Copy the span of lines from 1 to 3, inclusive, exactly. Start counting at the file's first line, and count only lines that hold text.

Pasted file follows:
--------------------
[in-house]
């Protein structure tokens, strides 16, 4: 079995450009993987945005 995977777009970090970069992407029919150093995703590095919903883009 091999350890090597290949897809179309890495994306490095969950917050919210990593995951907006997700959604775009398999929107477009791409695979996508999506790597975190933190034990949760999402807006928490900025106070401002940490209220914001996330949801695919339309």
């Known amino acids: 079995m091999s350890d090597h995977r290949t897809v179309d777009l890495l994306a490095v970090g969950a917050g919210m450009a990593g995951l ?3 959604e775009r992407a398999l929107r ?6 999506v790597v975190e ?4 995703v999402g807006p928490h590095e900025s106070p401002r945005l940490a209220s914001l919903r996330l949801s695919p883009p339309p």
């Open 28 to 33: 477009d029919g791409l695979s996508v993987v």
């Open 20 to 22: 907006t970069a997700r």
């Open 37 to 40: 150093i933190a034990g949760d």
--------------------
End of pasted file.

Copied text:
[in-house]
């Protein structure tokens, strides 16, 4: 079995450009993987945005 995977777009970090970069992407029919150093995703590095919903883009 091999350890090597290949897809179309890495994306490095969950917050919210990593995951907006997700959604775009398999929107477009791409695979996508999506790597975190933190034990949760999402807006928490900025106070401002940490209220914001996330949801695919339309």
């Known amino acids: 079995m091999s350890d090597h995977r290949t897809v179309d777009l890495l994306a490095v970090g969950a917050g919210m450009a990593g995951l ?3 959604e775009r992407a398999l929107r ?6 999506v790597v975190e ?4 995703v999402g807006p928490h590095e900025s106070p401002r945005l940490a209220s914001l919903r996330l949801s695919p883009p339309p």